Coming off a fourth-quarter collapse in the Super Bowl, the San Francisco 49ers certainly did not want to bring up Jimmy Garoppolo's future immediately after the game. Garoppolo finished 20 of 31 for 219 yards with one touchdown and two interceptions in the 49ers Super Bowl LIV loss, but he was just 2 of 10 for 20 yards and an interception in the fourth quarter (with the 49ers entering the final frame with a 10-point lead). Garoppolo has three years left on his contract, but San Francisco has an out this offseason -- a way to move on from Garoppolo without taking on much of a financial burden against their 2020 salary cap. While tempting for some 49ers fans, head coach Kyle Shanahan has not even considered the possibility of moving forward without Garoppolo.

"I think Jimmy is one of the main reasons we got to the Super Bowl," Shanahan said at the 49ers season-ending press conference Thursday. "I think he overcame a lot. This was his first year in his career going through an entire NFL season. He still doesn't have as many starts and stuff as Baker Mayfield

"I think he had a hell of a first year truly playing the position, especially coming off an ACL where you have to fight through that a ton as a quarterback, where your rhythm and everything is not there at the beginning of the year. For him to be like that and to not let the pressure get to him, and to improve as the year went, I think says a ton about Jimmy. I can't tell you how much I loved coaching the guy as a player and as a person this year."

Garoppolo is owed a base salary of $23.8 million in 2020, the third year of a five-year, $137.5 million contract he signed in 2017. The 49ers structured the contract where they can save significant amounts of cap space just by releasing Garoppolo in the final years of his deal (per Over The Cap). San Francisco can save $22.4 million in cap space if they move on from Garoppolo this offseason, $24.1 million in the 2021 offseason and $25.6 million in the 2022 offseason. The 49ers will enter the offseason with approximately $13.8 million in available cap space and several key free agents (Arik Armstead, Jimmie Ward) they need to resign.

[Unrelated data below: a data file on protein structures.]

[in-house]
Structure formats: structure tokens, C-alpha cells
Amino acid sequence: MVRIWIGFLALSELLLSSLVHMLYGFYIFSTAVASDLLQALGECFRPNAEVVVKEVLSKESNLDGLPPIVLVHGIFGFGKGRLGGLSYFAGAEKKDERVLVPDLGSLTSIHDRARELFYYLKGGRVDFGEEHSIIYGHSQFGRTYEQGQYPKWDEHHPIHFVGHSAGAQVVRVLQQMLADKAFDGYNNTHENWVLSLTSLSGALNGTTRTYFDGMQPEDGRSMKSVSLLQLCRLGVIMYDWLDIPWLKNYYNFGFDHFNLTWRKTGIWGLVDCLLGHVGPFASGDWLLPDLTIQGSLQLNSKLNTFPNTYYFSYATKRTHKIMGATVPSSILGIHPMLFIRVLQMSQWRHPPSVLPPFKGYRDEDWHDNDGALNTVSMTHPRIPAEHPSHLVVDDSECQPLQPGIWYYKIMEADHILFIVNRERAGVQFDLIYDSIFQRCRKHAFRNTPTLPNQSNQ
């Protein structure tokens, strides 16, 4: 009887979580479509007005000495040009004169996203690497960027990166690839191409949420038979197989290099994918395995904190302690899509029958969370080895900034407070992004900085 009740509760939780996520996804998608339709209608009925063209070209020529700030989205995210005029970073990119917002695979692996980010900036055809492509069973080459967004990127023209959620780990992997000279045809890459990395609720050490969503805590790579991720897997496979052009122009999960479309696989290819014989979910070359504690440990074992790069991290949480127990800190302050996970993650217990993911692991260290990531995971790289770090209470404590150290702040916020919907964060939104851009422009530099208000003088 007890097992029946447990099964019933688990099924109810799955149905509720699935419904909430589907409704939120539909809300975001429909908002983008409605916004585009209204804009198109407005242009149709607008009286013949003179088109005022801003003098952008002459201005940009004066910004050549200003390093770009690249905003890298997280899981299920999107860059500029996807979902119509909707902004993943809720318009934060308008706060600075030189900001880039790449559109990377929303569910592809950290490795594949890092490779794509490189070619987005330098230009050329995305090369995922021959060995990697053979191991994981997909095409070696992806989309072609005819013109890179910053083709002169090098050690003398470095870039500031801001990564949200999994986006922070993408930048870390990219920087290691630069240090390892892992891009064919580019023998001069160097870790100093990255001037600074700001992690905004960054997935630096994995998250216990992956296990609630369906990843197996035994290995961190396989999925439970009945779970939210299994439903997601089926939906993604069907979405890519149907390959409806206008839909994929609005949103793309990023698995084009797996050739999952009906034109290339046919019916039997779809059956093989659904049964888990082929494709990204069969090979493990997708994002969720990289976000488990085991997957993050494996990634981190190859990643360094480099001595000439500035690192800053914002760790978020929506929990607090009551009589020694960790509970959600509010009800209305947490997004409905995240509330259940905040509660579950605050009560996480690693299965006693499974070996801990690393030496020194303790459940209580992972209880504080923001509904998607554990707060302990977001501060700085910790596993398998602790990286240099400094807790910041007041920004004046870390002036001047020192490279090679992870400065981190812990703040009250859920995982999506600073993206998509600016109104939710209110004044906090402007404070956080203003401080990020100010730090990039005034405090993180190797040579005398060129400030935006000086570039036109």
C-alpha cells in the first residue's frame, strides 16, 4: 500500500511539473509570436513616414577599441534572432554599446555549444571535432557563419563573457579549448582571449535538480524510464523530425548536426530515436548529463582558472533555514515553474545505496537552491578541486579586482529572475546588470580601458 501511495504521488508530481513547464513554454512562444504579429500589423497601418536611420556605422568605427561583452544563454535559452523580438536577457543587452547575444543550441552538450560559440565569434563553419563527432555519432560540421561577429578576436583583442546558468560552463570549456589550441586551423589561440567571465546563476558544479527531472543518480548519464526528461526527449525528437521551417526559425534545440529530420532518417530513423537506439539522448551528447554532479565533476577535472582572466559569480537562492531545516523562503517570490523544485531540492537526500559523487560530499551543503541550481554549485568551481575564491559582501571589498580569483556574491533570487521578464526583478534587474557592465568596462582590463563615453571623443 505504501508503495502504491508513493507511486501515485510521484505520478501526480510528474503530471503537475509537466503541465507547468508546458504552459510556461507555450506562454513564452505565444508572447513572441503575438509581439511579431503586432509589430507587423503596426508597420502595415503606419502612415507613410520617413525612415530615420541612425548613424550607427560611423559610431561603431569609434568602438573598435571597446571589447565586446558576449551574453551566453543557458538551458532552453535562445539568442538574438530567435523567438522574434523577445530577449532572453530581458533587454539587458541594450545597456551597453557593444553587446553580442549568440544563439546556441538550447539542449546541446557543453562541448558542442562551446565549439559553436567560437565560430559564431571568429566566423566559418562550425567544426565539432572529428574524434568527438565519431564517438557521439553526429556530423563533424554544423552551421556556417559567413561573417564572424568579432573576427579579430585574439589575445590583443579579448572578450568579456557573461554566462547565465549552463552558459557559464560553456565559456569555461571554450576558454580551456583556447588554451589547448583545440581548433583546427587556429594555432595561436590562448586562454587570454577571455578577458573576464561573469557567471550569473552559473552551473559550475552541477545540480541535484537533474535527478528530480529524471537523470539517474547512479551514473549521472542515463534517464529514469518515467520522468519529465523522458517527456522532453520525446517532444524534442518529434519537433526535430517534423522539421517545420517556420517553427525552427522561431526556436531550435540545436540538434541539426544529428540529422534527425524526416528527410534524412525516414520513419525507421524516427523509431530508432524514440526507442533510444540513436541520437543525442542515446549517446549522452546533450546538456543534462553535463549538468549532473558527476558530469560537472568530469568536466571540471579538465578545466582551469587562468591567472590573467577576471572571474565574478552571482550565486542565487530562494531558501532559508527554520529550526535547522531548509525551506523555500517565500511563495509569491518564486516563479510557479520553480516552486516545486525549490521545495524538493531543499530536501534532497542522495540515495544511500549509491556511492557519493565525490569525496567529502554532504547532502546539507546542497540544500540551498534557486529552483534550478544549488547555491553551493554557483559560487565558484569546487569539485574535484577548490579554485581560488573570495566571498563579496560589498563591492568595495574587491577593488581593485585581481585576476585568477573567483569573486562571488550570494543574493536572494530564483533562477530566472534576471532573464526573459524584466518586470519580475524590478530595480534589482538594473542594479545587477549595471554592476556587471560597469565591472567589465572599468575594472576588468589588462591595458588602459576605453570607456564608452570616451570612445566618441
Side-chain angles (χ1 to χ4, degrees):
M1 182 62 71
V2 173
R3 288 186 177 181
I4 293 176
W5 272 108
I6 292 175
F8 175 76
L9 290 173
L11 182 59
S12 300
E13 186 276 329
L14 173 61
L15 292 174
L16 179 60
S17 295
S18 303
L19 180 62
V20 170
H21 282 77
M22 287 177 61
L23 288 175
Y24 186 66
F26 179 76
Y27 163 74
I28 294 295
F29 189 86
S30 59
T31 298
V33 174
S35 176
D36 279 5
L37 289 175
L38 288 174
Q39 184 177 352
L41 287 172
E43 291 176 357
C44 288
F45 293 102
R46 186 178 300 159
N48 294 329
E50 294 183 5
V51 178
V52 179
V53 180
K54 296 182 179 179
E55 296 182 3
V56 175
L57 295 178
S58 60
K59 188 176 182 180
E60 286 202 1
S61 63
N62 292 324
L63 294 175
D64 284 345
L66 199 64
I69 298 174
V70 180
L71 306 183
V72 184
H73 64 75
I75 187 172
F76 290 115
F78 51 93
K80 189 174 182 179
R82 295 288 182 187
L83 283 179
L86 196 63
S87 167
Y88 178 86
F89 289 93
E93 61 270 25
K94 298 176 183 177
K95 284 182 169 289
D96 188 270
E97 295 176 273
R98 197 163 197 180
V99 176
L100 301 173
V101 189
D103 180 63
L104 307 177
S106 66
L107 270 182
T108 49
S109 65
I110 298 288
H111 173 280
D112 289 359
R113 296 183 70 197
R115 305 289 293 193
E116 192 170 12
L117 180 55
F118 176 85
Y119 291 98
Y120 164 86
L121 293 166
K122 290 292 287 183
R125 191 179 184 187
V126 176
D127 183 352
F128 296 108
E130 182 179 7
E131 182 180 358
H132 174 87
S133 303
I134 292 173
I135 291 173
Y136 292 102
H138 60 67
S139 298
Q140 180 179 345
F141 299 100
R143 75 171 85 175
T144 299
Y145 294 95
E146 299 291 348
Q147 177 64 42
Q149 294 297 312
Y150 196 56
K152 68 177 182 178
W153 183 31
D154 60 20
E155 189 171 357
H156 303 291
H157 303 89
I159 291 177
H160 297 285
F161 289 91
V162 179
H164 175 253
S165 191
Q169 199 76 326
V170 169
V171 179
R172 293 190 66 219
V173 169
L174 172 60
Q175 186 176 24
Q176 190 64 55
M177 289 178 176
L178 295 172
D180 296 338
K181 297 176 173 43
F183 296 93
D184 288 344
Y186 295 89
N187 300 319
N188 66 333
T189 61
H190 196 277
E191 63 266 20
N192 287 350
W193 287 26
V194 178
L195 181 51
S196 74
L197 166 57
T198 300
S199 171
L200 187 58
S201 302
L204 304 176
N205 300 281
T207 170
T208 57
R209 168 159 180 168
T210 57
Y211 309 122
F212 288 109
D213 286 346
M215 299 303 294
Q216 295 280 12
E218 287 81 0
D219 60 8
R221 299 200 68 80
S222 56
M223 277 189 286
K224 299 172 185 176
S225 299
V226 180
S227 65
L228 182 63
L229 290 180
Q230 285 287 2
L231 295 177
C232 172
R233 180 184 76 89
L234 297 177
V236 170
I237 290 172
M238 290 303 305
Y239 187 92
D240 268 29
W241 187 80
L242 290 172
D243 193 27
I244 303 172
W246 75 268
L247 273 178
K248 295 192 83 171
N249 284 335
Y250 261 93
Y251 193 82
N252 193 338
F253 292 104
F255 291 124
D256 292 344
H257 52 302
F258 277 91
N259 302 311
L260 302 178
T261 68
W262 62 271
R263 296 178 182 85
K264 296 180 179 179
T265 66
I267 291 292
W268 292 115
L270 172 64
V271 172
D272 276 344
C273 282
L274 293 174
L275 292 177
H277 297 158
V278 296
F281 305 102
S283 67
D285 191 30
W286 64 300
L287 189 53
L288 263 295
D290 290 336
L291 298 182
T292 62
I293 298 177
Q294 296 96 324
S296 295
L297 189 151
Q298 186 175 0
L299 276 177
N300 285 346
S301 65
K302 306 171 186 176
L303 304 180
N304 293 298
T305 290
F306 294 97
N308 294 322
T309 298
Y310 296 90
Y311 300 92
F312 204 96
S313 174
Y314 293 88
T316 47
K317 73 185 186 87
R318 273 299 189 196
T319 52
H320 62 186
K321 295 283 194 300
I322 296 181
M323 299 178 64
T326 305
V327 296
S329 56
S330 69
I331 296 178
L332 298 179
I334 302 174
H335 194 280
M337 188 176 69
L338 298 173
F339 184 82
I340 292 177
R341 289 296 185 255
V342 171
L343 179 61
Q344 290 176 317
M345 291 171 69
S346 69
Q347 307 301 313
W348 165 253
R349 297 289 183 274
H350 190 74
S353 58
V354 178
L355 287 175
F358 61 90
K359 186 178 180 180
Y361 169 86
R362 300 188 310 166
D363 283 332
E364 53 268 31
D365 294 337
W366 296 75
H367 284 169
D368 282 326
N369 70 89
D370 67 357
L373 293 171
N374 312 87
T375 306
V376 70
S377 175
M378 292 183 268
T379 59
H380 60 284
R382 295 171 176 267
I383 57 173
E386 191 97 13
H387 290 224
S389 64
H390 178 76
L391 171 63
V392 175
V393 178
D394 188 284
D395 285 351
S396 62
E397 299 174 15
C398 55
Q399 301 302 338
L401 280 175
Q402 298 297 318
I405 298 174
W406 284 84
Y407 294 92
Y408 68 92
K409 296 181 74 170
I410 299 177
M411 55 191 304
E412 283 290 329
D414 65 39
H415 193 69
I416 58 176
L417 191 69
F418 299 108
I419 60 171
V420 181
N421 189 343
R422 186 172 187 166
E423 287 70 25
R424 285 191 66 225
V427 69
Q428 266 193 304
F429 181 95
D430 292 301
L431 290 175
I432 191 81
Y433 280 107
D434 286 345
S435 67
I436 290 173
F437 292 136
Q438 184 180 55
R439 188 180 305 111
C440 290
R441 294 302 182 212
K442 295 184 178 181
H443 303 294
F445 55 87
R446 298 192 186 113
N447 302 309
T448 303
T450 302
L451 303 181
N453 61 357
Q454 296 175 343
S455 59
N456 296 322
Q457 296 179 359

By all statistical accounts, Garoppolo had a good season for the 49ers in his first full season as a starting quarterback. The 49ers went 13-3 as Garoppolo started all 16 games, completing 69.1 percent of his passes for 3,978 yards, 27 touchdowns, 13 interceptions, and a 102.0 passer rating. 

Garoppolo has been criticized for being a game manager, but the 49ers finished third in completion rate (68.81%) and yards per pass (7.9). He also completed 69.7 percent of his passes with six touchdowns and one interception and a 105.6 passer rating in the fourth quarter, making the Super Bowl LIV performance an anomaly rather than how he's performed throughout the year. Garoppolo also completed 72.7 percent of his passes with 11 touchdowns and three interceptions for a 115.7 passer rating when trailing this year. 

The 49ers are 21-6 in Garoppolo's 27 starts (including postseason), proving their franchise quarterback is able to win games and play well enough to take the 49ers to the Super Bowl. If the 49ers look to create cap space, it shouldn't be at the expense of Garoppolo.